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Key Differences Between R&D and Innovation

The terms R&D and innovation are often (mistakenly) used interchangeably due to their interconnected nature. But despite their similarities, there are some striking differences between R&D and innovation. They are separate entities that work best when their distinctions are recognized and utilized in conjunction—like peanut butter and chocolate. Are they similar? Yes. Are they compatible? Oh, hell yes! But if Reese's ditched the delicious chocolatey coating in favor of doubling up on peanut butter, we'd all feel like a little something was missing. Today we will explore the roles of R&D and innovation in business.

What is R&D?

Research and development (R&D) is an initiative companies take on for the sake of innovation. R&D manifests differently from industry to industry, but the primary goal is to elaborate upon or improve existing products and services. The coordination of an R&D department is a competitive strategy. It helps companies remain forward-thinking and relevant in a fast-paced, constantly-evolving market. R&D is typically a specialized department within an organization where scientists develop new technologies for the business.


What Defines Innovation in a Company?

Here lies much of the confusion surrounding the differences between R&D and innovation. Like R&D, innovation initiatives aim to create value in one of two ways:

  1. Through the development of new products and services.
  2. Through the improvement of existing offerings. 

However, innovation programs address a few additional areas of opportunity. For example, they utilize crowdsourcing methodology to enhance company culture and support networking efforts. Some innovation programs may even focus on internal improvements, like streamlined business processes or the refinement of a company's business model.  


Differences Between R&D and Innovation

A great way to envision the differences between R&D and innovation is to consider the means through which they drive value creation. R&D initiatives use company resources to gain knowledge. That knowledge will then be put to use—helping businesses make more informed decisions regarding their strategies, technologies, and aspirations. Conversely, innovation programs look for ways to create market value or improve the processes through which that market value will be made.  

R&D vs. Innovation

The chart below was created to emphasize the differences between R&D and innovation. It's dedicated to all the visual learners out there that just read that last paragraph and said, "...huh?" 


Innovation Programs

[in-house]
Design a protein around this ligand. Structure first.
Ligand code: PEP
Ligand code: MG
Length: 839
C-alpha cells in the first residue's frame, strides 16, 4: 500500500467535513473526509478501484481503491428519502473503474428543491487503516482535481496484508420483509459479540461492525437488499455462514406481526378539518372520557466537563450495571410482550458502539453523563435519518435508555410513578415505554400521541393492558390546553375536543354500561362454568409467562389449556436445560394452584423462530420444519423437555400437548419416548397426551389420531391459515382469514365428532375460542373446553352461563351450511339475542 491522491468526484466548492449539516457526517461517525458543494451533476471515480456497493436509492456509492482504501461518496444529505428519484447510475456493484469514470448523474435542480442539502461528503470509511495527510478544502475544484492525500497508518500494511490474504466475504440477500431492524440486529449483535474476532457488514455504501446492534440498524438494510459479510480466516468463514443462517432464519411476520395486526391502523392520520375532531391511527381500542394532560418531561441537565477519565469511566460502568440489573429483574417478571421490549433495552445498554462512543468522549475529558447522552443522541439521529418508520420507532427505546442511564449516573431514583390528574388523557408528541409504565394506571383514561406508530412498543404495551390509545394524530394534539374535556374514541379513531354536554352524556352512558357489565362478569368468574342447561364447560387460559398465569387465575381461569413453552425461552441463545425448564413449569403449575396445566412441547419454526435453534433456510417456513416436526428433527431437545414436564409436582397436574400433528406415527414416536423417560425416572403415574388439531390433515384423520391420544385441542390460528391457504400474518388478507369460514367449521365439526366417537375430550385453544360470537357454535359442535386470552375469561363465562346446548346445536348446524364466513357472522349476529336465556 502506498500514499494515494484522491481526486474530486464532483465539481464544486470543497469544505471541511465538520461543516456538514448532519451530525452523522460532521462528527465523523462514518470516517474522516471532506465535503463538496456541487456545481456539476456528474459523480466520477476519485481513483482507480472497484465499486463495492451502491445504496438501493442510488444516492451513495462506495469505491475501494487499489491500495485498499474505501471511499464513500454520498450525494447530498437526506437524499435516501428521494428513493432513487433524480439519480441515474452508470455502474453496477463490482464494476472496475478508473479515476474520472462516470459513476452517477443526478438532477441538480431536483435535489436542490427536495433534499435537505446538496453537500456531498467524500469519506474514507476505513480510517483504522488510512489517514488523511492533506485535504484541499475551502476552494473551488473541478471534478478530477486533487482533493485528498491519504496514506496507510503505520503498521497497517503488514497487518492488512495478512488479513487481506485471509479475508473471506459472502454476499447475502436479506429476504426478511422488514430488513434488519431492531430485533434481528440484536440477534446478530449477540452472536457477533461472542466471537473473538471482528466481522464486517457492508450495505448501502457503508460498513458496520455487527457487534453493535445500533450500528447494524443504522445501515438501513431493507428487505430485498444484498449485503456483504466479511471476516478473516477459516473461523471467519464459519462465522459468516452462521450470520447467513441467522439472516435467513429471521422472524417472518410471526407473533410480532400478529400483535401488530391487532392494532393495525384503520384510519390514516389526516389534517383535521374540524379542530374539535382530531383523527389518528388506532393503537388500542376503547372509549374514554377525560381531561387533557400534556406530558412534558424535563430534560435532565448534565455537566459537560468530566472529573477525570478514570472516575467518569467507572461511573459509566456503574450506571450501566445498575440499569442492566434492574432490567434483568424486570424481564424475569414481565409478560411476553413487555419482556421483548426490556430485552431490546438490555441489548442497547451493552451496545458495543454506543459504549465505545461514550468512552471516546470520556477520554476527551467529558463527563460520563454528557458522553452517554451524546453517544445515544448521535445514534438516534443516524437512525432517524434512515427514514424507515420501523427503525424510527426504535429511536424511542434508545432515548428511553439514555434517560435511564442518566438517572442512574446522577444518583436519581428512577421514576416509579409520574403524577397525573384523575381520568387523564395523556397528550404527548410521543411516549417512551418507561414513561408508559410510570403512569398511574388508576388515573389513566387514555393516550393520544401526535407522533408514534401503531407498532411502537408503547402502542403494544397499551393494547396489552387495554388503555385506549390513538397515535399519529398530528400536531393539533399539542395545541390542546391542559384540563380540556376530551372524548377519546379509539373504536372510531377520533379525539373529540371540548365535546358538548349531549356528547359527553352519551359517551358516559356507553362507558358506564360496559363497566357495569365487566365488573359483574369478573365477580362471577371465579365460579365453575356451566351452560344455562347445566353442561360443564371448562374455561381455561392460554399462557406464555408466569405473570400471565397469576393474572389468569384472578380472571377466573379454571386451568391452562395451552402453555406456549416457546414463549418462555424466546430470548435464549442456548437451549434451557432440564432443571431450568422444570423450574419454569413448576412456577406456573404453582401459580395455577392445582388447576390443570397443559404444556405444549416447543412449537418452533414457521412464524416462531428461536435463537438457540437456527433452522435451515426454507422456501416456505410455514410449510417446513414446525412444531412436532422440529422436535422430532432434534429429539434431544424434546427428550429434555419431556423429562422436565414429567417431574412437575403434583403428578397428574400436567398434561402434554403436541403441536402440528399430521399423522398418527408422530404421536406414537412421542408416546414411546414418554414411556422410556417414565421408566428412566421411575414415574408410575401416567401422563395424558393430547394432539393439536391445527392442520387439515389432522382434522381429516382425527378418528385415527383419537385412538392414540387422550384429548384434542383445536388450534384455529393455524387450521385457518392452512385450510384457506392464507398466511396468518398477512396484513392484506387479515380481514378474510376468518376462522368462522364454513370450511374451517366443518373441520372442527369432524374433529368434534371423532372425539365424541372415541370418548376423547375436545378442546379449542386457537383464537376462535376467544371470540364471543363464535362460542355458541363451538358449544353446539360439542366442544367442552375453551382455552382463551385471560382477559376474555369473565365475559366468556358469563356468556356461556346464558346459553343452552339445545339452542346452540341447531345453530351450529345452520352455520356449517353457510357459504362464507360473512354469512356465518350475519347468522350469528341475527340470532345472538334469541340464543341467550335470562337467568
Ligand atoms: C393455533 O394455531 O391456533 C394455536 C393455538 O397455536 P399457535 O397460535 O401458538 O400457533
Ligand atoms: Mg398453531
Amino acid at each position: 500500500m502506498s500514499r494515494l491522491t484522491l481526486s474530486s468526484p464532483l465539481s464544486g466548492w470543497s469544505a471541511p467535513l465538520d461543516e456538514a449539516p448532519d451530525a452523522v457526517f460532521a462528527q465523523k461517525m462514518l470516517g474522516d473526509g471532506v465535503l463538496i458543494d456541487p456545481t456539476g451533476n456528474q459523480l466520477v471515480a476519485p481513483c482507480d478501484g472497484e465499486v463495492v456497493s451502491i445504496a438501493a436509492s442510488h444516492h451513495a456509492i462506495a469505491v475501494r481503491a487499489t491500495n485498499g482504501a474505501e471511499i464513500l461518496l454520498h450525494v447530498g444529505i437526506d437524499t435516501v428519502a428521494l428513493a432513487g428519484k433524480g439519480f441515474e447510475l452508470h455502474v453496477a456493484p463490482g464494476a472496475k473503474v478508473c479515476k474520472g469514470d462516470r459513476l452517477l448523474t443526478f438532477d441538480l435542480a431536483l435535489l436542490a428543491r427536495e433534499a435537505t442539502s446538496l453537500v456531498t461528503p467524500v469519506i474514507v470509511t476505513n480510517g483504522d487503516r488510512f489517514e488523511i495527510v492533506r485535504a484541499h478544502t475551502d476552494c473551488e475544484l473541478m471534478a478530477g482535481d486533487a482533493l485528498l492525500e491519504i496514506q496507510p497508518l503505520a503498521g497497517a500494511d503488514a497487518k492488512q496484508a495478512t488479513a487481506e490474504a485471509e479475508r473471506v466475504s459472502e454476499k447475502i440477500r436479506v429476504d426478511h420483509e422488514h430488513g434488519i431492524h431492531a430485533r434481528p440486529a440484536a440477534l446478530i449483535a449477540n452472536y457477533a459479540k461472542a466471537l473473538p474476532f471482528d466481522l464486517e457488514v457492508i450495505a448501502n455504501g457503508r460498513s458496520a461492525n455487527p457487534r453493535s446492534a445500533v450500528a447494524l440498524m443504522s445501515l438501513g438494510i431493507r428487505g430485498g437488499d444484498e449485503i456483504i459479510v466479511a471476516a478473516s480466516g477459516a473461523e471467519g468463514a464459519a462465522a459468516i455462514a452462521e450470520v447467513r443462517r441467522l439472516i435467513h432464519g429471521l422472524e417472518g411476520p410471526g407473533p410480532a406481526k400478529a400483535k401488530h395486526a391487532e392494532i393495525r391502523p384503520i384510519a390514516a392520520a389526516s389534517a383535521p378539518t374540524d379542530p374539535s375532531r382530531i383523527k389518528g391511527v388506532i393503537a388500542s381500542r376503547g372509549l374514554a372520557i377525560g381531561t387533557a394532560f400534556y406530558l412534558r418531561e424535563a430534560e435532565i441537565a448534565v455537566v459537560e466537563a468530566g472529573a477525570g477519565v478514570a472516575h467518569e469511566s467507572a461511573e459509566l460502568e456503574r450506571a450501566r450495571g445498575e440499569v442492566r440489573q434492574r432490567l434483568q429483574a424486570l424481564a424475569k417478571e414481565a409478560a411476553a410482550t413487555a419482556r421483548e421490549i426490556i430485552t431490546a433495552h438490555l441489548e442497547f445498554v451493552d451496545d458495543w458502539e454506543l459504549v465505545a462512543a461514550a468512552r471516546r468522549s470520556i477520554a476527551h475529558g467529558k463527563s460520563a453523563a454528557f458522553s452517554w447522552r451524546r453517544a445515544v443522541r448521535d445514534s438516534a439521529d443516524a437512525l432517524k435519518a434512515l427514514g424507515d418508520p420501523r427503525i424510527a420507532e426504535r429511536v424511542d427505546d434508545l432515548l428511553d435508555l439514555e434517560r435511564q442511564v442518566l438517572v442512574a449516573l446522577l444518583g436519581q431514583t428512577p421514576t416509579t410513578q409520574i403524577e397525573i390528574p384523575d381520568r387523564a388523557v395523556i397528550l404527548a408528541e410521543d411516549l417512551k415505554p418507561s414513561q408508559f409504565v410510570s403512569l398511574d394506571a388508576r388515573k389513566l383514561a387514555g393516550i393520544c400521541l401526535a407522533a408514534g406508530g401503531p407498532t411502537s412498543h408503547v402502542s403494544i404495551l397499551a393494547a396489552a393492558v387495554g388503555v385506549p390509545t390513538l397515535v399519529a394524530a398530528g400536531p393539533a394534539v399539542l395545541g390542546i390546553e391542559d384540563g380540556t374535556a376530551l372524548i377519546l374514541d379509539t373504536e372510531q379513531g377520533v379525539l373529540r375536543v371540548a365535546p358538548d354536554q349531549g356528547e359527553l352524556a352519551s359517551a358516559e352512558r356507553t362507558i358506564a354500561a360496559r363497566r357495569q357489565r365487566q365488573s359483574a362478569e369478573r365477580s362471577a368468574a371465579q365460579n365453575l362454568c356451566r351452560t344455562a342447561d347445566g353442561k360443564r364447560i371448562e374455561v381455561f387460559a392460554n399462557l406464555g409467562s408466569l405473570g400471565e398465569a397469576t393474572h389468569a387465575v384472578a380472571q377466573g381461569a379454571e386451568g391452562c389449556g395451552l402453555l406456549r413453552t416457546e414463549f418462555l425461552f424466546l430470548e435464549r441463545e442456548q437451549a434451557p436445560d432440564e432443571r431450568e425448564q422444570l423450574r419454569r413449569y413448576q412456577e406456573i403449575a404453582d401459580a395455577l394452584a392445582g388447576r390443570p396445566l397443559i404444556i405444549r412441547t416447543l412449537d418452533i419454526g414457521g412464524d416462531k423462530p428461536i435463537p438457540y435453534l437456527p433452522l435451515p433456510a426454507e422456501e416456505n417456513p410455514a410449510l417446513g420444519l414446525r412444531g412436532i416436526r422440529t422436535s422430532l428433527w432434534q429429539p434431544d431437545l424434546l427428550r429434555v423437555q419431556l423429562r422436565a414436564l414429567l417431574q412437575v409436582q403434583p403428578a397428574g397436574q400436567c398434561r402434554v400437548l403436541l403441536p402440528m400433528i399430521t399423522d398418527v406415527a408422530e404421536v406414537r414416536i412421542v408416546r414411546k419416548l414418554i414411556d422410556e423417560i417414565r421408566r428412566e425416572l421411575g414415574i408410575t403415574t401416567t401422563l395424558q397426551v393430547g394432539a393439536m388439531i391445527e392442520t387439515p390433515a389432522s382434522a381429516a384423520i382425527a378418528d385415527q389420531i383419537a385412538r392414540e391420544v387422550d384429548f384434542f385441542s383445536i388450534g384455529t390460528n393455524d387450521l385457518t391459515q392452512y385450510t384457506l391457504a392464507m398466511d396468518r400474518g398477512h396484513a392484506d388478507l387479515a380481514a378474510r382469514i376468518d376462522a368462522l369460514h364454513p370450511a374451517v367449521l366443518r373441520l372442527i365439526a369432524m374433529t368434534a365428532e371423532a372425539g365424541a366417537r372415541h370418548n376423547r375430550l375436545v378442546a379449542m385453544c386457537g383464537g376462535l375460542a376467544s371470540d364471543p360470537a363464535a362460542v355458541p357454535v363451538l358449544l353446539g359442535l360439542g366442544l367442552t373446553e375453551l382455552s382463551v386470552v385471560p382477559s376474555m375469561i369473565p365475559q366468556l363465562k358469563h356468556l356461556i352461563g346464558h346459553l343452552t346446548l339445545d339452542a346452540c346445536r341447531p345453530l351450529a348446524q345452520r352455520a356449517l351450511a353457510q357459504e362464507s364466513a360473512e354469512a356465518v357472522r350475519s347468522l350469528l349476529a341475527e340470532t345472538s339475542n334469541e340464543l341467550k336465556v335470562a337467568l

• Focuses on the intricacies of innovation (information gathering, patenting).
  • Typically uses internal resources.
  • Expert-driven research methods.
  • Technology-focused.
  • Centralized involvement of organization members.
  • Focuses on the big picture, encompassing all phases of innovation from employee engagement to prototype creation.
  • May draw resources from external sources through crowdsourcing or the innovation ecosystem. 
  • Values the distribution of knowledge—expert-level or not.
  • Decentralized approach that encourages the inclusion of all employees.


What Is the Relationship Between Research and Innovation?

Now that we've established the differences between R&D and innovation, let's examine their relationship with one another. Innovation programs help companies create a collaborative culture and strengthen valuable networking bonds. For example, they encourage intrapreneurship and emphasize external resources like academic-industry collaborations. These initiatives help project members cultivate ideas. Then, the R&D department provides the technical support and expertise needed to develop those ideas.

Is Innovation Part of Research and Development?

It's better to say that research and development is a part of innovation rather than the opposite. R&D is an integral part of the innovation process. It provides the foundation a company needs to support its innovation initiative. Although most innovation programs include exploratory research methods like crowd voting, R&D provides much of the cold, hard data required to make intelligent decisions regarding innovation. It supports innovation programs with the scientific and technological development capabilities that innovators need to execute their ideas.


R&D and Innovation: How to Get the Best Results

The best way to approach R&D and innovation is by looking at them as separate, collaborative entities that help one another succeed. Acknowledging the differences between R&D and innovation can help your company strategize the use of each one for the ultimate pursuit of value. Innovation programs support your goals from the ground up. They address critical stumbling blocks like the lack of employee engagement or siloed operations⁠ (two major open innovation challenges!) R&D focuses on technological requirements and scientific exploration, providing the necessary tools to make innovation actionable.

Congratulations! You've completed rready’s crash course: Differences Between R&D and Innovation 101. Now let's put that knowledge to good use and strategize your company's current innovation initiative. Contact one of our innovation experts or schedule a demo below to get started.
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